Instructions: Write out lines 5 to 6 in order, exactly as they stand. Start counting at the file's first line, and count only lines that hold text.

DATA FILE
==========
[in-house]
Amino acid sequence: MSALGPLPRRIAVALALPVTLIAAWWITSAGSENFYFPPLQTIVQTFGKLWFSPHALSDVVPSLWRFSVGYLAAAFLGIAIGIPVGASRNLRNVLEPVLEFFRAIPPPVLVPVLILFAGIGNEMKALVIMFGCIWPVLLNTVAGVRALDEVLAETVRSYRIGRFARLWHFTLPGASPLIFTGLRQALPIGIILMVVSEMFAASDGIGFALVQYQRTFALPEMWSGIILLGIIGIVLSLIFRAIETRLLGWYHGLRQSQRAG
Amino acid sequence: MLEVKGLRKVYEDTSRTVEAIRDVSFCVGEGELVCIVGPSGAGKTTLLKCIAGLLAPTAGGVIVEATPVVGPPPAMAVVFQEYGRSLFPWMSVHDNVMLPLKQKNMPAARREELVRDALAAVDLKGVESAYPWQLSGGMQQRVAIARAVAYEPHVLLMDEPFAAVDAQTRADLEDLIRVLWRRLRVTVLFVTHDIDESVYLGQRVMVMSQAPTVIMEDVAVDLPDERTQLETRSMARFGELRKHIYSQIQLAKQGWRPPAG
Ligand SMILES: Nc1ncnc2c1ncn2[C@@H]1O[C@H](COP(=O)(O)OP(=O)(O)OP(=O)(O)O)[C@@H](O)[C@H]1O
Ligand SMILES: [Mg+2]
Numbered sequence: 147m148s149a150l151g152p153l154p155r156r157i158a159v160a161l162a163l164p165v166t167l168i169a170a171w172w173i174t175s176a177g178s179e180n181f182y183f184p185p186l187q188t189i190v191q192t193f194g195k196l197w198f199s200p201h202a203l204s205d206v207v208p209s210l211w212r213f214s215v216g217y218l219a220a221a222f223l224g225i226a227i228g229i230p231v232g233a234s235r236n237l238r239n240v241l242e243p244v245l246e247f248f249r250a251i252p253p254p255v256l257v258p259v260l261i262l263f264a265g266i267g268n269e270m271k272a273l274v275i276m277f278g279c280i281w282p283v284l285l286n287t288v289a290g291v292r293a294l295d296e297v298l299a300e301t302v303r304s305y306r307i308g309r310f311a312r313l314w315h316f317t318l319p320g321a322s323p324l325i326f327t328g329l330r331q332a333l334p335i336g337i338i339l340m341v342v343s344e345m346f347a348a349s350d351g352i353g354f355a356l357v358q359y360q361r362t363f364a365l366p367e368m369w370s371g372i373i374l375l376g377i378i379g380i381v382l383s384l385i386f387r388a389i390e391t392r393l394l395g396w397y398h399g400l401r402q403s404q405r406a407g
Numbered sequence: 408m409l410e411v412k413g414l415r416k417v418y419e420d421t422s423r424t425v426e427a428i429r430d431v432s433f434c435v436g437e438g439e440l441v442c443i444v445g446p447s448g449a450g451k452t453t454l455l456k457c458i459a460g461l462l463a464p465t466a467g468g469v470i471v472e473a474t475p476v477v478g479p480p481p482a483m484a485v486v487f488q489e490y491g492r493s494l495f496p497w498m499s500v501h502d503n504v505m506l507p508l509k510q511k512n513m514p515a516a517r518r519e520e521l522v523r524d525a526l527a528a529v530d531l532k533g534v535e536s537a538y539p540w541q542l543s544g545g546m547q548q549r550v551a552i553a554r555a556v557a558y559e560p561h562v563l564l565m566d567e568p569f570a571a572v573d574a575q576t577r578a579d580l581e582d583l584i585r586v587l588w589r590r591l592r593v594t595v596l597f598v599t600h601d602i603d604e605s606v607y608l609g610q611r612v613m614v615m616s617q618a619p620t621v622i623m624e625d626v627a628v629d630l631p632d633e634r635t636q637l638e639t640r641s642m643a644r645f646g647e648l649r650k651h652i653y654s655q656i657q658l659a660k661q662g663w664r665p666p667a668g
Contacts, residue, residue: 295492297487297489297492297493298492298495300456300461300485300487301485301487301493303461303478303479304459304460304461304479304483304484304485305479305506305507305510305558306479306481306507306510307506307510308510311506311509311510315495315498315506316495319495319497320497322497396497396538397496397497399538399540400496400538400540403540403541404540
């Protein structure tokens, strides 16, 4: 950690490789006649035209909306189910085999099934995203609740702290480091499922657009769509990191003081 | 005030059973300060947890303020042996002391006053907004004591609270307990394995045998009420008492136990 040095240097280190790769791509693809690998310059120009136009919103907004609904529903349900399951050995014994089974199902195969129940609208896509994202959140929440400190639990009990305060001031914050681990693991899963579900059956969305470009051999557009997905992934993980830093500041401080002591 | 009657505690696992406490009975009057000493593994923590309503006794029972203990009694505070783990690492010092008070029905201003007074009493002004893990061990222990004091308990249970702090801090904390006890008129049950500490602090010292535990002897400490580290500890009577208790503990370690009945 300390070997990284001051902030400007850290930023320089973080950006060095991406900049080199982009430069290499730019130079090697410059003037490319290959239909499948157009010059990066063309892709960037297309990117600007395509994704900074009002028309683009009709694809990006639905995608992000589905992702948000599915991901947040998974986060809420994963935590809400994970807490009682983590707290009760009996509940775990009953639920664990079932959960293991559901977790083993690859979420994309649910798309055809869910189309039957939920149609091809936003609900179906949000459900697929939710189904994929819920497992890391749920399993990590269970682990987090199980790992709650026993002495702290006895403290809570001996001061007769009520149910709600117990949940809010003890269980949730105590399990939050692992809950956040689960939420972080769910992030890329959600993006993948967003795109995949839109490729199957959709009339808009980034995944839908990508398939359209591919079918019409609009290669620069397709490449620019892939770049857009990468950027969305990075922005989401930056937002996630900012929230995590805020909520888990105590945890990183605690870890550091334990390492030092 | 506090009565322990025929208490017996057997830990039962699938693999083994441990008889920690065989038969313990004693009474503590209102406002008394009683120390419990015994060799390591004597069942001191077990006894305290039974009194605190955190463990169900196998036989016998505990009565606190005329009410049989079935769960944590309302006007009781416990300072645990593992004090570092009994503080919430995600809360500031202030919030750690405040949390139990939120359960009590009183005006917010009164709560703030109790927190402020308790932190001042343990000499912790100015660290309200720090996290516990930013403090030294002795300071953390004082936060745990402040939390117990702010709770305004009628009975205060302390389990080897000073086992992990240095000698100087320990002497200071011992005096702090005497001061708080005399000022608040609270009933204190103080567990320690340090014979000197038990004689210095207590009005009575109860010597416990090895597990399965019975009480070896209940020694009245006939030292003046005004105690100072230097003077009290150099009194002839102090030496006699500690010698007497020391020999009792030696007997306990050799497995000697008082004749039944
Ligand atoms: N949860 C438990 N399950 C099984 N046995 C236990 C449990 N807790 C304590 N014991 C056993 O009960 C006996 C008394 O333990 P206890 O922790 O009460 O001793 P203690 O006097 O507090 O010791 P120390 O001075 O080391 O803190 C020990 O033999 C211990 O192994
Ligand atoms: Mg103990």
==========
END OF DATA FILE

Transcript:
Ligand SMILES: [Mg+2]
Numbered sequence: 147m148s149a150l151g152p153l154p155r156r157i158a159v160a161l162a163l164p165v166t167l168i169a170a171w172w173i174t175s176a177g178s179e180n181f182y183f184p185p186l187q188t189i190v191q192t193f194g195k196l197w198f199s200p201h202a203l204s205d206v207v208p209s210l211w212r213f214s215v216g217y218l219a220a221a222f223l224g225i226a227i228g229i230p231v232g233a234s235r236n237l238r239n240v241l242e243p244v245l246e247f248f249r250a251i252p253p254p255v256l257v258p259v260l261i262l263f264a265g266i267g268n269e270m271k272a273l274v275i276m277f278g279c280i281w282p283v284l285l286n287t288v289a290g291v292r293a294l295d296e297v298l299a300e301t302v303r304s305y306r307i308g309r310f311a312r313l314w315h316f317t318l319p320g321a322s323p324l325i326f327t328g329l330r331q332a333l334p335i336g337i338i339l340m341v342v343s344e345m346f347a348a349s350d351g352i353g354f355a356l357v358q359y360q361r362t363f364a365l366p367e368m369w370s371g372i373i374l375l376g377i378i379g380i381v382l383s384l385i386f387r388a389i390e391t392r393l394l395g396w397y398h399g400l401r402q403s404q405r406a407g